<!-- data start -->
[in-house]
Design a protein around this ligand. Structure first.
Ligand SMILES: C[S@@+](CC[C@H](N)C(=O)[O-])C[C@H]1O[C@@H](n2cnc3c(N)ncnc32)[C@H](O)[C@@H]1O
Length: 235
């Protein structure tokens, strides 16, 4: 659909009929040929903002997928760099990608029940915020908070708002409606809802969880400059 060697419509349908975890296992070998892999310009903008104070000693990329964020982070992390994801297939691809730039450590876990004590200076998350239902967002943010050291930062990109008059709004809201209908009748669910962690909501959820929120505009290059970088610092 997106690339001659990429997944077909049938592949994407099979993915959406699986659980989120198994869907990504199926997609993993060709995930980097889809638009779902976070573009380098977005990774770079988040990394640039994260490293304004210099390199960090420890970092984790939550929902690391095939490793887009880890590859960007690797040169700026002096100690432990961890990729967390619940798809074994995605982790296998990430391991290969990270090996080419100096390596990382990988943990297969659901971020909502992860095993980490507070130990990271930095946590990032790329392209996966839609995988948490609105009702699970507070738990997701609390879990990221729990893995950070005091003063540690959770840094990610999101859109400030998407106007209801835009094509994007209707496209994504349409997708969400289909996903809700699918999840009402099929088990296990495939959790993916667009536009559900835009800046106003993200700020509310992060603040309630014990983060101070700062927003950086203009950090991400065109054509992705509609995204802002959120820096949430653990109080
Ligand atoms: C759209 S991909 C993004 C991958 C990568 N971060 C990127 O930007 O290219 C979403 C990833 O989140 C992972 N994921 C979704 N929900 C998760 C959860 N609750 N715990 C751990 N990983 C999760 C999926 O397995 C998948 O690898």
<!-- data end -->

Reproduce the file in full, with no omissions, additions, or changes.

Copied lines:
[in-house]
Design a protein around this ligand. Structure first.
Ligand SMILES: C[S@@+](CC[C@H](N)C(=O)[O-])C[C@H]1O[C@@H](n2cnc3c(N)ncnc32)[C@H](O)[C@@H]1O
Length: 235
């Protein structure tokens, strides 16, 4: 659909009929040929903002997928760099990608029940915020908070708002409606809802969880400059 060697419509349908975890296992070998892999310009903008104070000693990329964020982070992390994801297939691809730039450590876990004590200076998350239902967002943010050291930062990109008059709004809201209908009748669910962690909501959820929120505009290059970088610092 997106690339001659990429997944077909049938592949994407099979993915959406699986659980989120198994869907990504199926997609993993060709995930980097889809638009779902976070573009380098977005990774770079988040990394640039994260490293304004210099390199960090420890970092984790939550929902690391095939490793887009880890590859960007690797040169700026002096100690432990961890990729967390619940798809074994995605982790296998990430391991290969990270090996080419100096390596990382990988943990297969659901971020909502992860095993980490507070130990990271930095946590990032790329392209996966839609995988948490609105009702699970507070738990997701609390879990990221729990893995950070005091003063540690959770840094990610999101859109400030998407106007209801835009094509994007209707496209994504349409997708969400289909996903809700699918999840009402099929088990296990495939959790993916667009536009559900835009800046106003993200700020509310992060603040309630014990983060101070700062927003950086203009950090991400065109054509992705509609995204802002959120820096949430653990109080
Ligand atoms: C759209 S991909 C993004 C991958 C990568 N971060 C990127 O930007 O290219 C979403 C990833 O989140 C992972 N994921 C979704 N929900 C998760 C959860 N609750 N715990 C751990 N990983 C999760 C999926 O397995 C998948 O690898």